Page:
When Neal Adams started drawing comic books in the late 1960s, he blew the doors off the industry.
“Adams brought to comics a realist’s mastery of anatomical detail, facial expression and gestural precision that caused a style revolution still seen in today’s graphic novels,” The New York Times later opined in a review of comics art.
Apart from his phenomenal talent, Adams had an advertising background. He truly could draw things — clothing, cars, architecture — not just muscle-bound men hammering on each other. His page compositions were fluid and dramatic, owing more to cinematic storytelling than traditional six-panel layouts. For the next decade, everyone wanted to draw like him.
“The way I describe it is, if there were superheroes in our world, they would look the way I draw them,” Adams, 74, said in advance of his appearance this weekend at the Lexington Comic and Toy Convention. “Back in the day, art in comics had been a little more primitive. The publishers paid little per page, and they were hiring some of these artists right out of high school.”
Adams’ first big assignment was Batman, in 1970. He is still considered the caped crusader’s definitive artist.
At the time, Batman had been reduced to a silly parody of himself by the popular but campy 1966-68 TV show. Teamed with writer Denny O’Neil (who will appear on a panel with Adams at this weekend’s Lexington show), Adams revived Batman’s pulp origins as a brooding avenger of the night. He swooped down on thugs like an actual bat. Adams and O’Neil told horror stories, introduced menacing villains — some of whom, like eco-terrorist Ra’s al Ghul, later would turn up in movies — and made the Joker a homicidal lunatic again, rather than a mischievous prankster.
Next, Adams and O’Neil made headlines by introducing “relevancy” to superhero comics. Their series Green Lantern/Green Arrow sent a couple of Justice League members traveling across post-1960s America in a pickup truck to discover what ailed it. Along the way, they confronted real-world problems, like the exploitation of coal miners by a greedy boss and the heroin habit of Green Arrow’s teen sidekick, Speedy.
To make these stories visually interesting, Adams redesigned Green Arrow, giving him a sleek, sleeve-less costume and a blond goatee the character still sports on the CW television show Arrow. Green Arrow was a fiery liberal who regularly lectured Green Lantern, the naive, inter-stellar space cop, about society’s injustices.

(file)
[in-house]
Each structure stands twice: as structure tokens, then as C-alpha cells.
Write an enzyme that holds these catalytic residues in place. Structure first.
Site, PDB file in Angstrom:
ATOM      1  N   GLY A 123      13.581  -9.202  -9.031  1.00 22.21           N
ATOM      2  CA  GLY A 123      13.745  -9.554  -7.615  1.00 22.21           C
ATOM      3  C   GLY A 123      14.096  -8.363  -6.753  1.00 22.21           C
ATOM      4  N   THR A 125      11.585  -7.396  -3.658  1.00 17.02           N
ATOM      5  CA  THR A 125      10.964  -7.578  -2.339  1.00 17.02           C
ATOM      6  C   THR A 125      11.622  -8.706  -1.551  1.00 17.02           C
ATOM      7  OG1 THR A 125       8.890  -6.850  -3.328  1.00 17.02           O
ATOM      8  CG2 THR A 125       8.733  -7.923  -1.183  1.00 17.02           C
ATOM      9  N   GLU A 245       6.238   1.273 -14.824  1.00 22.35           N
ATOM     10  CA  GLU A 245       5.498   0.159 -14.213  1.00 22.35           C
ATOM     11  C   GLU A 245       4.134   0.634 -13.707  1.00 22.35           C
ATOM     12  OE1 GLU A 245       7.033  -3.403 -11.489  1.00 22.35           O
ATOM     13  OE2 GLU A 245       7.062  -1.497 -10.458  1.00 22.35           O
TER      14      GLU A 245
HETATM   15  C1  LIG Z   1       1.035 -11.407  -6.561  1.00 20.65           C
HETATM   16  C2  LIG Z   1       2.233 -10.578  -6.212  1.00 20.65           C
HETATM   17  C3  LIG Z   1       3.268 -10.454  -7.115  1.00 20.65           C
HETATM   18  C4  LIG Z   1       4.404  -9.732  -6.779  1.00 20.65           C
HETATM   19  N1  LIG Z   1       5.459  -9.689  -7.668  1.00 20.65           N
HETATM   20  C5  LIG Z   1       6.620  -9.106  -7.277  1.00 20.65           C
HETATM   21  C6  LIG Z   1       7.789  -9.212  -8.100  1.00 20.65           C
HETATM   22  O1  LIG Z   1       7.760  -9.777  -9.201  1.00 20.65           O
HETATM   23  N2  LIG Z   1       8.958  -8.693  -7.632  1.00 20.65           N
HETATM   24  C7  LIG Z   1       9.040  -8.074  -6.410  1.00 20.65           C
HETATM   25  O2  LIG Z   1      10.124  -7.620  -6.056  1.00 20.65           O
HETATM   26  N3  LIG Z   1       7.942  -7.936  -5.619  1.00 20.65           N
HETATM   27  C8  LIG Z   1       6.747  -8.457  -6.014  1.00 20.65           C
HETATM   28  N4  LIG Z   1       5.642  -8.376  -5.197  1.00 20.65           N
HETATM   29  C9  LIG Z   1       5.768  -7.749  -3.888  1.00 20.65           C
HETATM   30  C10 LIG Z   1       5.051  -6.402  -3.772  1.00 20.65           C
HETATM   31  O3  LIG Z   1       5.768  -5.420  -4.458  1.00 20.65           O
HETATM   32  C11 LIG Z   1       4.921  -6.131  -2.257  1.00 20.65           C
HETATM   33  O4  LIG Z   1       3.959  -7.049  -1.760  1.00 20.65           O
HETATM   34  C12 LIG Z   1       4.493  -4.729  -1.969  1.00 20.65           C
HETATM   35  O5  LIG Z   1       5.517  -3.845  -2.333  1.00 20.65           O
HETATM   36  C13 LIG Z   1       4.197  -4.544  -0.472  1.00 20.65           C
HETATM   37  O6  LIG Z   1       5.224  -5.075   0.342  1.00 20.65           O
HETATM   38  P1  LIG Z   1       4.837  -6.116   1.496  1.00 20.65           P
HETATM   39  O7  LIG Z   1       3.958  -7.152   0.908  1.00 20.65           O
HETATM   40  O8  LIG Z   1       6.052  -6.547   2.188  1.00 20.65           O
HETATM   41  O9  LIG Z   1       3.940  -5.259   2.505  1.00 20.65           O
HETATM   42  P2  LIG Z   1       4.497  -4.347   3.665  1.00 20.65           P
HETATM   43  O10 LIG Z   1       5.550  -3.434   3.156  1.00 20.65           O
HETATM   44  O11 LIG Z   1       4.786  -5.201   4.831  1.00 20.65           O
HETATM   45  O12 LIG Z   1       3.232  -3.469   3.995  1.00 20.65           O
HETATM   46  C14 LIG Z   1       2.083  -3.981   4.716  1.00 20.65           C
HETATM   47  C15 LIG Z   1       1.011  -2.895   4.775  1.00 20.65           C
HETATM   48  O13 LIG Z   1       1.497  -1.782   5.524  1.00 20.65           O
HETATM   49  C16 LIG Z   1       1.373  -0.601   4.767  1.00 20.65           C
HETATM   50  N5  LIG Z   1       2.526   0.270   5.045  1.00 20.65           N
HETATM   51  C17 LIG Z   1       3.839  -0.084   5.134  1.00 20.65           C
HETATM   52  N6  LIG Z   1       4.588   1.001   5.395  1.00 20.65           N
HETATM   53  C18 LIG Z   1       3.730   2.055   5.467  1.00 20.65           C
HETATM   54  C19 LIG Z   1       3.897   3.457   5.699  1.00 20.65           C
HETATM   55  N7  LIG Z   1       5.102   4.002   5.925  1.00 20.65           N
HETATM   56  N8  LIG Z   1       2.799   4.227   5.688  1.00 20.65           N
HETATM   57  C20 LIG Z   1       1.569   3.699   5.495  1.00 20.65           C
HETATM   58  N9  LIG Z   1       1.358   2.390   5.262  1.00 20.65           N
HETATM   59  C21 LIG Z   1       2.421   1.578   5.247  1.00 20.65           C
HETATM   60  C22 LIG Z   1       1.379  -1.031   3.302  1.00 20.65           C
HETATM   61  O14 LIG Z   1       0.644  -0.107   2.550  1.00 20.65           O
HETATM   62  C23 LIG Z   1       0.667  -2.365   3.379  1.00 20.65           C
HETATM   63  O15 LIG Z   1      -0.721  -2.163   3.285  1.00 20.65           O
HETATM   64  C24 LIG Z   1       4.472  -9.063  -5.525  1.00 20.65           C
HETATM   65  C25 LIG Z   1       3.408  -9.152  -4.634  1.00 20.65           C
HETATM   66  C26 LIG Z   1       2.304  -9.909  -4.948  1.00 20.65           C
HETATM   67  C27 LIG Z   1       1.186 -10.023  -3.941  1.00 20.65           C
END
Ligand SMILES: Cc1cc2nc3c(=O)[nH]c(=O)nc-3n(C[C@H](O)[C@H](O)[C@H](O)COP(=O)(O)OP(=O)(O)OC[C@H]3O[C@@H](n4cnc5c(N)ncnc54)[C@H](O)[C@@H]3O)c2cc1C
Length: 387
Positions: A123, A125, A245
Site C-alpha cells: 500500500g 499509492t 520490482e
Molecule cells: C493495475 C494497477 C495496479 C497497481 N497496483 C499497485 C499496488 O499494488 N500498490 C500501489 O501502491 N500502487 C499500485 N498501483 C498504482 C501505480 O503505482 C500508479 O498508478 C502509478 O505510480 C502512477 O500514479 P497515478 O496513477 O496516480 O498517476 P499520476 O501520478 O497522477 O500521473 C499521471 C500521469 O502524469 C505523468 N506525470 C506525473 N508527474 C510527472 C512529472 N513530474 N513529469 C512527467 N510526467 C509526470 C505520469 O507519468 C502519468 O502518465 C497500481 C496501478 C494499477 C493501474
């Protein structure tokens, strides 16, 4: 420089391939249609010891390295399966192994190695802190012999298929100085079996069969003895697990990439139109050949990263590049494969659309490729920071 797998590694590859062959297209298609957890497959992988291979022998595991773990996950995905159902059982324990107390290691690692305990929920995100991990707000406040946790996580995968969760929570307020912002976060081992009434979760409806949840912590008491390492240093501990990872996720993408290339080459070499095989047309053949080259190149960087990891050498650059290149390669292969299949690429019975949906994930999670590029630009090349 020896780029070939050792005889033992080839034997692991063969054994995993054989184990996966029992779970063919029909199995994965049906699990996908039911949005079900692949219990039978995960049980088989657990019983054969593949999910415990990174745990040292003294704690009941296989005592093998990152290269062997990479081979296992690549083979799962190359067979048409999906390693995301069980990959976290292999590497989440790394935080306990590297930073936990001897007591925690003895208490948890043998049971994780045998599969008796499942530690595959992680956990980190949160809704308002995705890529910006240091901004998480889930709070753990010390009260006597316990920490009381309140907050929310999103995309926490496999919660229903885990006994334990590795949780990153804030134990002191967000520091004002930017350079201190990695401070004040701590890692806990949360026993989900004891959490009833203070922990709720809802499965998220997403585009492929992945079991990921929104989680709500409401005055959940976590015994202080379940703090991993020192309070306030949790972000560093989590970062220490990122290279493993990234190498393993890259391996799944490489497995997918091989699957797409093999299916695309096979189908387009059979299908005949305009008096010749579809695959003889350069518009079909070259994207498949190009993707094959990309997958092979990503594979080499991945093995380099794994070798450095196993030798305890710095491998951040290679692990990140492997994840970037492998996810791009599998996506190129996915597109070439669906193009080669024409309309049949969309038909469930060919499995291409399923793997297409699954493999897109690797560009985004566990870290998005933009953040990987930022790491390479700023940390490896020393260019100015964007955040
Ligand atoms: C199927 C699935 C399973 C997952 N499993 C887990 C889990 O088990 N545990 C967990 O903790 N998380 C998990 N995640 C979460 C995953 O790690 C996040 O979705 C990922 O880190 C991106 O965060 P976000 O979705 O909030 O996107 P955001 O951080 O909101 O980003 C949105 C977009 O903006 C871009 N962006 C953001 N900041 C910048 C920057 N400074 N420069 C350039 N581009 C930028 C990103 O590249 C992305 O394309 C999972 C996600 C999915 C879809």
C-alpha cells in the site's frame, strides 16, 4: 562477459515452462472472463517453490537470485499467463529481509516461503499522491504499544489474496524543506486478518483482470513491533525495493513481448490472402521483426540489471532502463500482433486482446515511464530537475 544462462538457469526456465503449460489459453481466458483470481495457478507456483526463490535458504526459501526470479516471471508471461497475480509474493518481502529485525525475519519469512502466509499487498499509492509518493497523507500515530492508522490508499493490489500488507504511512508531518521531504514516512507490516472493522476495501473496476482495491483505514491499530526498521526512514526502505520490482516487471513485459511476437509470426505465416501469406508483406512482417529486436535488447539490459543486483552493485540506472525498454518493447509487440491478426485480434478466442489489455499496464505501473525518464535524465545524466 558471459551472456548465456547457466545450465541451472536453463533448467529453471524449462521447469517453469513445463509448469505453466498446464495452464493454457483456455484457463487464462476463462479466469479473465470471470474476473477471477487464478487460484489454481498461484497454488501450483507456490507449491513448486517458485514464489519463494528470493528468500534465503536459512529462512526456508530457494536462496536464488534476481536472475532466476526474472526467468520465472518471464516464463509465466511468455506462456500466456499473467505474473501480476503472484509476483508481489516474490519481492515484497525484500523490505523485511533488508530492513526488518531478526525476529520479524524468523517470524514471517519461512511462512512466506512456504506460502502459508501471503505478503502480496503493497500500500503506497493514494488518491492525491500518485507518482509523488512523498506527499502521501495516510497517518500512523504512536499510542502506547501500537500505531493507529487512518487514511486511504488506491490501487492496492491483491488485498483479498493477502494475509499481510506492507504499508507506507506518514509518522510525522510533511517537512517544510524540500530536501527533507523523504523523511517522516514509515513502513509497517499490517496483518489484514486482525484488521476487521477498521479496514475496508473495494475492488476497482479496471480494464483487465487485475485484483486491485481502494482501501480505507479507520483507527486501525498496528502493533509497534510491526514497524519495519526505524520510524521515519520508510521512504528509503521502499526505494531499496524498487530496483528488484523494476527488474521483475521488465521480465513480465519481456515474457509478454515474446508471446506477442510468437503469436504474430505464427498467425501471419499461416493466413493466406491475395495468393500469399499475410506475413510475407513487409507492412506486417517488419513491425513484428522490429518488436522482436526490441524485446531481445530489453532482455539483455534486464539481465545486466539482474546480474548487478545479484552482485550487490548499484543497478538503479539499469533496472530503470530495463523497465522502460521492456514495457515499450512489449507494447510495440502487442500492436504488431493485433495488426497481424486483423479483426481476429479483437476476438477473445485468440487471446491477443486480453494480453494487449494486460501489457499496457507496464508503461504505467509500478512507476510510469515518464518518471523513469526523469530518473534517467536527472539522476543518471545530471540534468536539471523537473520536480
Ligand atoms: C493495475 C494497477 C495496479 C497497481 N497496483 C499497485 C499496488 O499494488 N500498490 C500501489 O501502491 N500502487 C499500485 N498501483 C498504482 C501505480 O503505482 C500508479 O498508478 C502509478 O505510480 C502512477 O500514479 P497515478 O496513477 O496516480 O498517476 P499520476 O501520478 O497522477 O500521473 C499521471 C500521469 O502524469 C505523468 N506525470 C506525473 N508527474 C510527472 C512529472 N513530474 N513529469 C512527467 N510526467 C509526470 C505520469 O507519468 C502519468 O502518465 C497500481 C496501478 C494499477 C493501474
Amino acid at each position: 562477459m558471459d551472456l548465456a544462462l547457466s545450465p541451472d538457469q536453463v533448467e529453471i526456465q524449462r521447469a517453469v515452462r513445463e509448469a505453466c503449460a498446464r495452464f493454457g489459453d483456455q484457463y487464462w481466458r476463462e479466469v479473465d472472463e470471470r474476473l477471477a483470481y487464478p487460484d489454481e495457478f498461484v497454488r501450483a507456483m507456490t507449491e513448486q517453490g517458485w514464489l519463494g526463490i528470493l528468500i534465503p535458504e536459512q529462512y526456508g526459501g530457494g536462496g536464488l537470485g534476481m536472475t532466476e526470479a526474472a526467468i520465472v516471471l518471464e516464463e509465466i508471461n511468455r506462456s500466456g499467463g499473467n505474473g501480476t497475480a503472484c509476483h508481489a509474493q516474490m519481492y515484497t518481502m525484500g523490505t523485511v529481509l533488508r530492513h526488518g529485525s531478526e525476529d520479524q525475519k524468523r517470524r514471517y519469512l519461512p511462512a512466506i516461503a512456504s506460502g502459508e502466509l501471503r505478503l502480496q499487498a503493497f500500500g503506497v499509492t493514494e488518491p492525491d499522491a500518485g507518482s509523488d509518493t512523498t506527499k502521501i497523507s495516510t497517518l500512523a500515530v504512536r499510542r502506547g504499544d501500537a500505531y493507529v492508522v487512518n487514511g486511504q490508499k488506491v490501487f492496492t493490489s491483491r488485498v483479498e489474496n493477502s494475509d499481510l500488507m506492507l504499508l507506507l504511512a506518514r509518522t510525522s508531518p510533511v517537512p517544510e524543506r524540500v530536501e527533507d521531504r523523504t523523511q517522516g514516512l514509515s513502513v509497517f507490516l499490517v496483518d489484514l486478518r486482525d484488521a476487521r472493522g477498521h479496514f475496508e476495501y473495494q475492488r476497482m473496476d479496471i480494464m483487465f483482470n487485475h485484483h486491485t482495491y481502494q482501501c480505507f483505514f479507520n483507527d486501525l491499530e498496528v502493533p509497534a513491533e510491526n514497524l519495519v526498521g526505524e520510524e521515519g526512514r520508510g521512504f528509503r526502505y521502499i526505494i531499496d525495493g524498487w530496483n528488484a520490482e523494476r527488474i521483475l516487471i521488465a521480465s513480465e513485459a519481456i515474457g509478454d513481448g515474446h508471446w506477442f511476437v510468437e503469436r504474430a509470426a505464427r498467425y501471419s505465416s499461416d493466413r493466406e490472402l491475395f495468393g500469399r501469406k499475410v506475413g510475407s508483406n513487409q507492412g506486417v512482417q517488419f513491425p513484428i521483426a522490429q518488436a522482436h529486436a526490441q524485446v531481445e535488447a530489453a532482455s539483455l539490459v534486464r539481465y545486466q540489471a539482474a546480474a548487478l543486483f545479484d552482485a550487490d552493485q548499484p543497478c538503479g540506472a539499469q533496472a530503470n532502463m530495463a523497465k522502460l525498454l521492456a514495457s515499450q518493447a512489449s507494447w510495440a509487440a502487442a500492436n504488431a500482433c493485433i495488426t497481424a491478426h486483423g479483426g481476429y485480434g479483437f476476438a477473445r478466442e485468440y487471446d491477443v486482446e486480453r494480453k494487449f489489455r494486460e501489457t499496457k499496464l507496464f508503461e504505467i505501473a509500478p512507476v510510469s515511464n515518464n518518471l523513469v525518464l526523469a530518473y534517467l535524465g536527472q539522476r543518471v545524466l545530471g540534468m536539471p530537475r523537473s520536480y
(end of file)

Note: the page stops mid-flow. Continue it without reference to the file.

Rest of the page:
Adams had much in common with Green Arrow: They both distrusted authority. At the height of Adams’ industry popularity in the 1970s — he also drew celebrated runs on The Avengers and The X-Men at Marvel, DC’s chief rival — he tried to organize the freelance writers and artists into a union that could demand better pay and benefits. They achieved some of their goals, such as royalties for creators whose work later is republished or used in movies or on television.
The way I describe it is, if there were superheroes in our world, they would look the way I draw them.
While drawing a Superman project around this time, Adams realized he never heard anything about the men who created the iconic Man of Steel in 1938 before selling their rights for $130. The publisher that became DC eventually shoved them aside.
“So I went looking for Jerry Siegel and Joe Shuster,” Adams said. “I was like, ‘What, are they dead? Why aren’t their names in the comics? Why don’t we ever see them around here?’ And everyone at DC was telling me ‘Neal, drop it, don’t ask.’”
Adams discovered that the aging Siegel and Shuster lived in forgotten poverty. Even as Superman earned a fortune for his corporate owners — and a blockbuster Superman movie was in the works for 1978 — DC and then-parent company Warner Communications were ignoring their letters begging for additional compensation. Nothing was owed the men, DC said.
“Joe Shuster, the first artist to ever draw Superman, was living with his brother in this small apartment in Queens, sleeping on a cot next to a broken window,” Adams said. “It really hurt your heart to see this. This was not the way you wanted the creators of Superman to be treated.”
“I called Jerry and I said, ‘You don’t know me, but I draw Superman today, and I’d like to represent you in the media. I promise you, the sun will not rise on a day when I’m not working to make this right,’” Adams said.
Adams and other high-profile media figures shamed DC into providing a modest $20,000 annual stipend for the men, increased over the years until they died in the 1990s. Additionally, whenever Superman appears in print or on screen, a credit must declare: “Superman created by Jerry Siegel and Joe Shuster.”
Unlike most comics veterans his age, Adams is still busy with fresh assignments. The first issue of his new DC mini-series, Superman: The Coming of the Supermen, hit stores last month. Also in February, Adams produced 27 different covers for DC comics in the style of some of his famous earlier cover illustrations.
“Hopefully, if I did my job well, I inspired a whole generation of artists who realized what comics are capable of, and that maybe this doesn’t have to be a terrible industry to be in,” Adams said. “If I did that, then I’m satisfied.”
If you go
Neal Adams and Denny O’Neil will appear on a panel together at the Lexington Comic and Toy Convention at 11 a.m. Sunday in the Thoroughbred Ballroom, Third Floor, Level L, at the Lexington Convention Center, 430 W. Vine St.